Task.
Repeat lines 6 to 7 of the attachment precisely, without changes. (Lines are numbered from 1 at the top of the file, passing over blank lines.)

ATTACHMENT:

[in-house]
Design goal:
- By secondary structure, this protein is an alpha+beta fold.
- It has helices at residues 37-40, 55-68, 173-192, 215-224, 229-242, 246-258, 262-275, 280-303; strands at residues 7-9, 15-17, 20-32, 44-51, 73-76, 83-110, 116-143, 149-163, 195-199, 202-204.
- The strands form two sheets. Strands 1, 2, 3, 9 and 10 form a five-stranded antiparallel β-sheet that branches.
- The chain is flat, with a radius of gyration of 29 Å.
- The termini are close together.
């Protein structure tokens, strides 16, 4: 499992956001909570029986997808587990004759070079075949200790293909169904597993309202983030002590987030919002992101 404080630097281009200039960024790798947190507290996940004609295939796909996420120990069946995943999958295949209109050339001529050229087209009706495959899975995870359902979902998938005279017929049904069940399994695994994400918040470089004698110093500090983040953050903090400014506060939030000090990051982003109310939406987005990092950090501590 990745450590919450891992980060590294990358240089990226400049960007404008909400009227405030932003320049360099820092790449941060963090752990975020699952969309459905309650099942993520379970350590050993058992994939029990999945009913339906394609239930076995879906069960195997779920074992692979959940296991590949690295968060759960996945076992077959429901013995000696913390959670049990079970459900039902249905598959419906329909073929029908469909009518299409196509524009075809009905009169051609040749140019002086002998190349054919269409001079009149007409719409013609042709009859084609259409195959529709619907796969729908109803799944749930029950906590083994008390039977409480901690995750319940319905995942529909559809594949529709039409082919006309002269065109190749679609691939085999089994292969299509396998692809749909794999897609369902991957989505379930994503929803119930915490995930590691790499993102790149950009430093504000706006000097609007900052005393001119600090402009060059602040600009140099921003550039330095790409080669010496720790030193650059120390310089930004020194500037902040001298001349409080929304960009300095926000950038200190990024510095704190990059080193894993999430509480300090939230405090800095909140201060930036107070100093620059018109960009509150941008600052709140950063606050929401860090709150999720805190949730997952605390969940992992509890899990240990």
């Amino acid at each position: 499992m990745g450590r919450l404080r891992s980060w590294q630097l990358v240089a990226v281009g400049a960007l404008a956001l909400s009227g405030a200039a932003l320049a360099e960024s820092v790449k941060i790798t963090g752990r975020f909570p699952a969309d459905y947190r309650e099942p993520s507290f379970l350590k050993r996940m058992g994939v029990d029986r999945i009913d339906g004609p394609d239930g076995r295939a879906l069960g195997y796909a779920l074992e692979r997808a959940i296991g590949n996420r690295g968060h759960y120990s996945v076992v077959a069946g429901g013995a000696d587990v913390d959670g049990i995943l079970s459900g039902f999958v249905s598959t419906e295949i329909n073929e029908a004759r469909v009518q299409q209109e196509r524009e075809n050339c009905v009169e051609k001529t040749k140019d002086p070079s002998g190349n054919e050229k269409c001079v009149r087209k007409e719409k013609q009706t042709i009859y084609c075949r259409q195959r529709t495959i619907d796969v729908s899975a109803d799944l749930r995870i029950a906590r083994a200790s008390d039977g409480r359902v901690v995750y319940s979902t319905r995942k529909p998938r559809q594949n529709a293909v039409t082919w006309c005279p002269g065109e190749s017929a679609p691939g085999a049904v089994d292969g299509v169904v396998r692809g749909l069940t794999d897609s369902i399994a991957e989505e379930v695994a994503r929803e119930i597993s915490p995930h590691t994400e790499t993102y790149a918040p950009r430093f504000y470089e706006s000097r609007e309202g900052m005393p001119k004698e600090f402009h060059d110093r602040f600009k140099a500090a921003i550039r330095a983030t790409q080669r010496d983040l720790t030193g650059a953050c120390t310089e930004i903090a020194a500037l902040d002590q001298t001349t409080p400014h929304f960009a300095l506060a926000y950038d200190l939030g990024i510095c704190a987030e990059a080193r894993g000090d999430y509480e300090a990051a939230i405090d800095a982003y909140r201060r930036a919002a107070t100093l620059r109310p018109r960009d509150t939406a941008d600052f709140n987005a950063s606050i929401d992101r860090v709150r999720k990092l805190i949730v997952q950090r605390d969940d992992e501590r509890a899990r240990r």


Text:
- The chain is flat, with a radius of gyration of 29 Å.
- The termini are close together.